How To Dehydrate Chanterelles
If you found your way into this blog entry, the chances are you are here to learn more about how to dehydrate chanterelles. I have used multiple ways to dehydrate mushrooms. The best way, time and time again is to use a dehydrator to have that perfectly dry and dehydrated muhsrooms.
- Dehydrator Machine
There are important steps to keep in mind if you want the dehydration process for chanterelles (or any other mushrooms for that matter) to go smoothly. There is no need to deep wash or soak mushrooms in water in order to clean them. Remember that mushrooms are essentially like porous sponges. They’ll soak up a lot of water. Since we are trying to get rid of the the excess water, soaking the chanterelles in water might be a little counter productive. Just cleaning them off under a running water, or using a small brush to clean off the dirt should suffice. When you will get to cooking the dry mushrooms later, you can always further wash it off. If you absolutely must wash the mushrooms, make sure you thoroughly dry them with paper towels.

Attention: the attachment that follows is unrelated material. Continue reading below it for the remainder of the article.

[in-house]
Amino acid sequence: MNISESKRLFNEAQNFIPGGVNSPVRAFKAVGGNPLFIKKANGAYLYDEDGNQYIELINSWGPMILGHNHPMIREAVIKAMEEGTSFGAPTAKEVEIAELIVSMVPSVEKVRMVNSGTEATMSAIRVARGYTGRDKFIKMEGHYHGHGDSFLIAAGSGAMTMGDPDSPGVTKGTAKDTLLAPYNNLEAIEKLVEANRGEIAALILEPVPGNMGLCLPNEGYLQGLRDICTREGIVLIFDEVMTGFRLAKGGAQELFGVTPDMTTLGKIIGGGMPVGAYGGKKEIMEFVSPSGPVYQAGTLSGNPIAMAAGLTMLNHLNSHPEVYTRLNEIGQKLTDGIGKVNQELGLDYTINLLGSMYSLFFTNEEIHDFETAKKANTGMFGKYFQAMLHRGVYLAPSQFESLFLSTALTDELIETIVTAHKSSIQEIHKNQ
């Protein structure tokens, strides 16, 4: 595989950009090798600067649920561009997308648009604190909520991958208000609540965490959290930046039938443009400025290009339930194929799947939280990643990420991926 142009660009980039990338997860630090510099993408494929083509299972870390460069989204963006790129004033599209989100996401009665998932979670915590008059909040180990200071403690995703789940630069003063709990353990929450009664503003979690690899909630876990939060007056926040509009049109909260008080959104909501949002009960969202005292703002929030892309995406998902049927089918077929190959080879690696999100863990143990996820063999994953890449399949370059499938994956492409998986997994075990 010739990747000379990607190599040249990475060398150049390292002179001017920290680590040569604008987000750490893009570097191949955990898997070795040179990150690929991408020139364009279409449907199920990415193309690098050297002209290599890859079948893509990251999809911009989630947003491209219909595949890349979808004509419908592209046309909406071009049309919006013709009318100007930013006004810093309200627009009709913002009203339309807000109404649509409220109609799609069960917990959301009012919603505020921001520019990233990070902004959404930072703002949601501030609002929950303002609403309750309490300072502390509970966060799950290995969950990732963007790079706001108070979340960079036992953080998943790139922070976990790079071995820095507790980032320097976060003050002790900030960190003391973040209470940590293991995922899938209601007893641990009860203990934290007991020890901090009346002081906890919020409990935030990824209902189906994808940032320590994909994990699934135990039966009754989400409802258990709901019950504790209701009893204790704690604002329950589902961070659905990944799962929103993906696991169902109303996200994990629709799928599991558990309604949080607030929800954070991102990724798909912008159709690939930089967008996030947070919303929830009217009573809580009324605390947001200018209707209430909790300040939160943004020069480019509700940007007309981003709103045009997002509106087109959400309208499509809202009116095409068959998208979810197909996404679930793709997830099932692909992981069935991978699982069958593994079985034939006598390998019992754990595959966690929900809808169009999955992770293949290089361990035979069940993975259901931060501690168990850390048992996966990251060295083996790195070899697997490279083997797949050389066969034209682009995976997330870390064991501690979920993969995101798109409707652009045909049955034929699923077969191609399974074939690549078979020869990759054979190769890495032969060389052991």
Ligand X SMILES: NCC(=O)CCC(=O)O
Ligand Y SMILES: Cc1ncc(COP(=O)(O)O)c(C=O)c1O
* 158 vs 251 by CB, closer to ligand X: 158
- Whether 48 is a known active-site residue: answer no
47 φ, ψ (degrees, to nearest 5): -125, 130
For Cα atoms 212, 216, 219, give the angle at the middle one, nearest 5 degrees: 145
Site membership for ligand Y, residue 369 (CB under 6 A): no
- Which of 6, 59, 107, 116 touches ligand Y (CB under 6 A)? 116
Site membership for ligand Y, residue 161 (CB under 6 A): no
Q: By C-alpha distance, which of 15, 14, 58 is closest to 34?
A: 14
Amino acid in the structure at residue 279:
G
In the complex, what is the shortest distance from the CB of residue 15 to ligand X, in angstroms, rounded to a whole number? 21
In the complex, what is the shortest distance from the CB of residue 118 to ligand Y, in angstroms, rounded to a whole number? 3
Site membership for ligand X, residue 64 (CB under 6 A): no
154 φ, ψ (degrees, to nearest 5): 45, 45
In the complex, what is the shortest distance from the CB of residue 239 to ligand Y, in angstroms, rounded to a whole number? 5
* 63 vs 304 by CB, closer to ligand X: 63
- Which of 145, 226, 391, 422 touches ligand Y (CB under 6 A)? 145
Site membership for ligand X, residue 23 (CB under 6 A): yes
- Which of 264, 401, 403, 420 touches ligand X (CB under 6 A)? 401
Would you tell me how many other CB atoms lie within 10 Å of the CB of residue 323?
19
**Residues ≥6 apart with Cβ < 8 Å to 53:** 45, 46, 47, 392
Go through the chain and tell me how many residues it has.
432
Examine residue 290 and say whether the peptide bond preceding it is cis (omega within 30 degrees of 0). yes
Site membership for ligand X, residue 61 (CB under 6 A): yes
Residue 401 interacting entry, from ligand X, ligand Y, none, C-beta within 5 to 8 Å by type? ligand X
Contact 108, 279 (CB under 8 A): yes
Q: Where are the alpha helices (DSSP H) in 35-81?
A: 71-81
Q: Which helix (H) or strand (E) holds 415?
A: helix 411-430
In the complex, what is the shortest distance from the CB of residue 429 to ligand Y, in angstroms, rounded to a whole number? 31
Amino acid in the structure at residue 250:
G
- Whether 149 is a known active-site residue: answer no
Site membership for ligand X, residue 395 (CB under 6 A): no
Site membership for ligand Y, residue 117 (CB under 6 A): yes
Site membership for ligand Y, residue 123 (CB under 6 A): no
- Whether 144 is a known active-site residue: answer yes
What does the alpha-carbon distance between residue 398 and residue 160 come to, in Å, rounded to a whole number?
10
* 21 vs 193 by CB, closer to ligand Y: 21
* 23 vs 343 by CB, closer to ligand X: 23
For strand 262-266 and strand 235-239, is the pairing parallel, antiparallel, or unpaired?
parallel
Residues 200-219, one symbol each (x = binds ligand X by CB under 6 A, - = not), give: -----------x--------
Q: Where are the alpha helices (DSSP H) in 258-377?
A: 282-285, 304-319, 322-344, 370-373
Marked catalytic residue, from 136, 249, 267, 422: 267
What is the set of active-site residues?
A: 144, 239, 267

Slice mushrooms lengthwise at about 1/4 inch thickness. Smaller mushrooms can be kept without being cut. If they are small enough, their size will be sufficient enough to be dried wholly.
Employ your children or anyone idly zooming around to help you with stacking the chanterelles on the dehydrator nets. In this case my son had nothing better to do. So, I asked him to help me with the process of lining the mushrooms on the dehydrator nets/trays.
Place the nets inside the dehydrator machine and set the temperature accordingly. I set mine to 125F for 4 hours. Check every 2 hours to see the condition of the chanterelles. If not ready, set for another 2 hours.
You’ll know the mushrooms are dehydrated enough when the texture becomes leathery and the mushrooms snap like a cracker when bent. I let the mushrooms cool a bit and place them in an airtight container or a space saver bag for storage. Dehydrated chanterelles will store well in air-tight container.